19 Marriage, cont. Worldwide research says married people are happier, healthier, and richer

20 What Makes Marriages Work Developmentally, marriage is a useful institution –children generally thrive when two parents are committed to their well-being

21 What Makes Marriages Work, cont. One developmental factor affecting success of marriage is maturity of the partners A second factor is degree of similarity, or homogamy—marriage within same group –heterogamy—marriage outside of group –social homogamy—similarity of couple’s interests and role preferences

22 What Makes Marriages Work, cont. Marital Equity –social exchange theory –in modern marriages, what matters most is perception of fairness, not absolute equality

23 Long-term homosexual partnerships are more common and open today 2-5 percent of all U.S.adults spend some part of adulthood in such relationships Homosexuals generally have same relationship issues as heterosexuals Same-Sex Partners

24 Divorce Influenced by social and political context –affects many lives for years United States has highest divorce rate –almost 1 in 2 first marriages end in divorce Historically, an increase, but stabilizing –one reason: lower marriage rate

25 The Role of Expectations People today expect more from marriage partners than in the past, but expectations are not always as well defined

26 Initially worse than expected in –health –happiness –self-esteem –financial stability –social interaction –achievement The Developmental Impact of Divorce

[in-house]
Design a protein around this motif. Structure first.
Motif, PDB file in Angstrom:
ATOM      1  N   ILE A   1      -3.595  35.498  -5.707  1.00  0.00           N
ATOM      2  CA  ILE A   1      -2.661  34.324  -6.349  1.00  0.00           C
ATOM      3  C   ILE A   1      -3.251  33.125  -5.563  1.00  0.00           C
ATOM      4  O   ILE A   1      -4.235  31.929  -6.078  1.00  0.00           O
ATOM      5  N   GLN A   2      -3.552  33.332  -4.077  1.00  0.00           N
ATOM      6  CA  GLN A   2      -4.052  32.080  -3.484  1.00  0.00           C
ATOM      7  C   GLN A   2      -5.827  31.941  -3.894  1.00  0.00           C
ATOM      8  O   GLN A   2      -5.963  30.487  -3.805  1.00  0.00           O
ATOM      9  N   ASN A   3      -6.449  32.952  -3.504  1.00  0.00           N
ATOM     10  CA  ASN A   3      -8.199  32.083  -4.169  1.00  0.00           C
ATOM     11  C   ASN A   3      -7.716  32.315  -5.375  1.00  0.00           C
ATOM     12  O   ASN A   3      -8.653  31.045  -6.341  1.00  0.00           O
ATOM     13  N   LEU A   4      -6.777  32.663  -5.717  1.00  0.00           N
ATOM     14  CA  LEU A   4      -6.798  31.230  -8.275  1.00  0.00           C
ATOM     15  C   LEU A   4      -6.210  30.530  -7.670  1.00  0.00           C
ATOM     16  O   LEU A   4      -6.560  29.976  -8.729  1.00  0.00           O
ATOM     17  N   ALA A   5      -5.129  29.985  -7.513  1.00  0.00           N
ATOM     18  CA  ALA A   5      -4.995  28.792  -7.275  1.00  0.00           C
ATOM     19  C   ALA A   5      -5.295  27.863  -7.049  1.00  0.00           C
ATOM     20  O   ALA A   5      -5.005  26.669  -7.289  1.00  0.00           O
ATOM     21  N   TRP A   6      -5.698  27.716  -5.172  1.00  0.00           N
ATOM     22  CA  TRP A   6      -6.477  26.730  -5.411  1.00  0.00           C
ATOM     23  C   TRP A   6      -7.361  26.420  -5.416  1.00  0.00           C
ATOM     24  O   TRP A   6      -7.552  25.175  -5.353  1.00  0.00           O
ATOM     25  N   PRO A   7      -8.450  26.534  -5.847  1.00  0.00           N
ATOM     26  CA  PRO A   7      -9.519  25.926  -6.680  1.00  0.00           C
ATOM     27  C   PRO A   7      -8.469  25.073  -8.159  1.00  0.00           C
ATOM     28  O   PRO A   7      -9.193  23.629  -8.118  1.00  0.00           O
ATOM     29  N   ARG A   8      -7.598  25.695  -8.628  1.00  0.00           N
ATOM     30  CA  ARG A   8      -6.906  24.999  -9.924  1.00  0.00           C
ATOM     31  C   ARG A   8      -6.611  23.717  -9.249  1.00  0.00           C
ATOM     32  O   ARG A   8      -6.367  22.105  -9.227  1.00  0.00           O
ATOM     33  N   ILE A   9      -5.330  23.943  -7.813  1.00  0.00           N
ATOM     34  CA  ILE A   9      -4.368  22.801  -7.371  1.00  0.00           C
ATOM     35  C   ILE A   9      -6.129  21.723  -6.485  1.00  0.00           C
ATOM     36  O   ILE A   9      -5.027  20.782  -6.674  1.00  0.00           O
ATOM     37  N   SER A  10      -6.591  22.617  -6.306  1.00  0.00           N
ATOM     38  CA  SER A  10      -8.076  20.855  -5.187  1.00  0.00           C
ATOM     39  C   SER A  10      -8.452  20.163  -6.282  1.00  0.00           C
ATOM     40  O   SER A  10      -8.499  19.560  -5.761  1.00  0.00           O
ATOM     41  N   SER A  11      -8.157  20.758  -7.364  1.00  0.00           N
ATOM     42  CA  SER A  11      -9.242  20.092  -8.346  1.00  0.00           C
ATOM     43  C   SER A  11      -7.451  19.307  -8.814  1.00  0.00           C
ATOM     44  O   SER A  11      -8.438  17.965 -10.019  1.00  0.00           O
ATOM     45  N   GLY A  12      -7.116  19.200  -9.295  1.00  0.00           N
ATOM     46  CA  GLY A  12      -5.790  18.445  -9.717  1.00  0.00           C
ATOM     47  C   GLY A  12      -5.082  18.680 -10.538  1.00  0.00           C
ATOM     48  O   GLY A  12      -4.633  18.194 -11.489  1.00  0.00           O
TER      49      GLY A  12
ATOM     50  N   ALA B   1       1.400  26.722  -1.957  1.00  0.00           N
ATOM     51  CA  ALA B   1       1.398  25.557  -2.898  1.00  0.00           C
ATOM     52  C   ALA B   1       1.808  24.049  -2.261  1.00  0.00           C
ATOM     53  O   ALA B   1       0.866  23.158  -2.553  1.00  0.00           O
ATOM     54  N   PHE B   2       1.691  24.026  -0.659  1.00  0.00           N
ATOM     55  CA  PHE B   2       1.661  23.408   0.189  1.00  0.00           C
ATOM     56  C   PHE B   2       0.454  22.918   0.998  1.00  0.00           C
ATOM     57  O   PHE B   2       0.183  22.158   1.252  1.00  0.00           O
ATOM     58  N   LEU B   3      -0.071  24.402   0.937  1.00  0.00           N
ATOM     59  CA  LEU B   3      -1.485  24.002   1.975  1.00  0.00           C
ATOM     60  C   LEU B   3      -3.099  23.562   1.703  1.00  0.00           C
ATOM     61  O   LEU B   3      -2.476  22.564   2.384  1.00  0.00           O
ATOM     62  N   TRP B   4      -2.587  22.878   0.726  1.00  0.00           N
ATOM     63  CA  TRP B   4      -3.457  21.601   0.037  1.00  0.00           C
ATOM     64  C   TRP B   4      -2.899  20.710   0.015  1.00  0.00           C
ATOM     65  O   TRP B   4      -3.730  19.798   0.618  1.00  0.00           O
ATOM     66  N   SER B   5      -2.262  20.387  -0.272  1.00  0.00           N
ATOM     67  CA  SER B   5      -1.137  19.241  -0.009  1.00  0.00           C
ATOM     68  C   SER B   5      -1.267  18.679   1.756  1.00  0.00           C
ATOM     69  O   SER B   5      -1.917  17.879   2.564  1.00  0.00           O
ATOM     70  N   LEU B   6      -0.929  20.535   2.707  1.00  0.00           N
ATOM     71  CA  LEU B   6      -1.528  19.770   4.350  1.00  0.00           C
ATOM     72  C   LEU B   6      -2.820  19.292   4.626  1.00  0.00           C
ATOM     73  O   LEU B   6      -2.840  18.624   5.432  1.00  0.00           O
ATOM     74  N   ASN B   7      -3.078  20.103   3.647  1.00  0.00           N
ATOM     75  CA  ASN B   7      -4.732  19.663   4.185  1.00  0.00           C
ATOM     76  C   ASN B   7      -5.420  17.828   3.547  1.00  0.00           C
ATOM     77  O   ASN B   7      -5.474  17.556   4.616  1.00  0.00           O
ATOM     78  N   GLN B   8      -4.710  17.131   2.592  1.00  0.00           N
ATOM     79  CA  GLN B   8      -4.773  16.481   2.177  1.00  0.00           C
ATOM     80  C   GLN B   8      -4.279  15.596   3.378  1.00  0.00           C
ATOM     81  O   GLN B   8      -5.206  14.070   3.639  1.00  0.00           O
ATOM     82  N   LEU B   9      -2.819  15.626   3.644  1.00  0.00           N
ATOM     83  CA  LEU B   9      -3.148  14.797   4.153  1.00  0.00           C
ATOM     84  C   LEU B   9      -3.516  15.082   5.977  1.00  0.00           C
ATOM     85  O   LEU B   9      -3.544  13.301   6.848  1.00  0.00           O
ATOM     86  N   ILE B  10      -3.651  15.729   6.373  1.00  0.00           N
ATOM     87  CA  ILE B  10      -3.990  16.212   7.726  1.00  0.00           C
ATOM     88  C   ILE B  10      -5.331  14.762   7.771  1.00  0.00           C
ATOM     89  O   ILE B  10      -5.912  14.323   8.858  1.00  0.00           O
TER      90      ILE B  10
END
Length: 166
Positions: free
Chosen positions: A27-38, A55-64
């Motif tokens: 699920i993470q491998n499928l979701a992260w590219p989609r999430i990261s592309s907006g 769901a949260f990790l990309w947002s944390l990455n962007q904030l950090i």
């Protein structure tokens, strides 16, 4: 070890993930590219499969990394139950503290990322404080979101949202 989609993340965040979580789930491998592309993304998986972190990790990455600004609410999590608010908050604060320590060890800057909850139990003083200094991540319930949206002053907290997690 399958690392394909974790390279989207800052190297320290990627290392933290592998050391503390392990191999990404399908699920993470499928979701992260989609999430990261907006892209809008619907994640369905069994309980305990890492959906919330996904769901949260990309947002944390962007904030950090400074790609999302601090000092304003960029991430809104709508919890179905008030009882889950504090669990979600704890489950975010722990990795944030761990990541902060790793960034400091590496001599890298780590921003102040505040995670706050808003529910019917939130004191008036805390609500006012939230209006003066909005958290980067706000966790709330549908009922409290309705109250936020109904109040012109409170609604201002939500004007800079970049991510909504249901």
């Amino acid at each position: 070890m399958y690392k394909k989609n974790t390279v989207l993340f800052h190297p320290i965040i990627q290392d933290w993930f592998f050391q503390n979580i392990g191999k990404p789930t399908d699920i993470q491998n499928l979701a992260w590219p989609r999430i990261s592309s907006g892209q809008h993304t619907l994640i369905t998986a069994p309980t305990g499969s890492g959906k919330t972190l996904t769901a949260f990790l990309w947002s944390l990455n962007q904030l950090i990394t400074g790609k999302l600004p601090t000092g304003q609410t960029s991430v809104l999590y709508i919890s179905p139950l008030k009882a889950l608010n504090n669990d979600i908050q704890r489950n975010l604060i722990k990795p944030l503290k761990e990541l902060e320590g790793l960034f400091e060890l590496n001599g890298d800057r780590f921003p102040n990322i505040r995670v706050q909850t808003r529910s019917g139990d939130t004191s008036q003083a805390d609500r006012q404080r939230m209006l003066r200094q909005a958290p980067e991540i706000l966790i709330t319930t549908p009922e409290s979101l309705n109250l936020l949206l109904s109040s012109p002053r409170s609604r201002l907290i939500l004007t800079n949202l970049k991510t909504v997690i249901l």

27 Violence in intimate relationships has multiple causes –social pressures that create stress, cultural values, personality pathologies, and drug and alcohol addiction –common couple violence—1 or both partners engage in verbal and physical attack –intimate terrorism—1 partner systematically isolates, degrades, and punishes the other Domestic Violence

28 Intimate terrorism less prevalent than common couple violence Perpetrator usually anti-social and violent in many ways Leads to battered-wife syndrome, with woman not simply physically beaten but broken socially and psychologically Domestic Violence, cont.

29 Similarities Between 2 Types of Domestic Violence –jealous male partner doesn’t want female partner to talk to other men –male partner tries to limit female partner’s contact with family and friends –male partner insists on knowing who female partner is with and where she is at all times –Difference Between 2 Types of Domestic Violence But in intimate terrorism, partner seeks to exert violent control over the other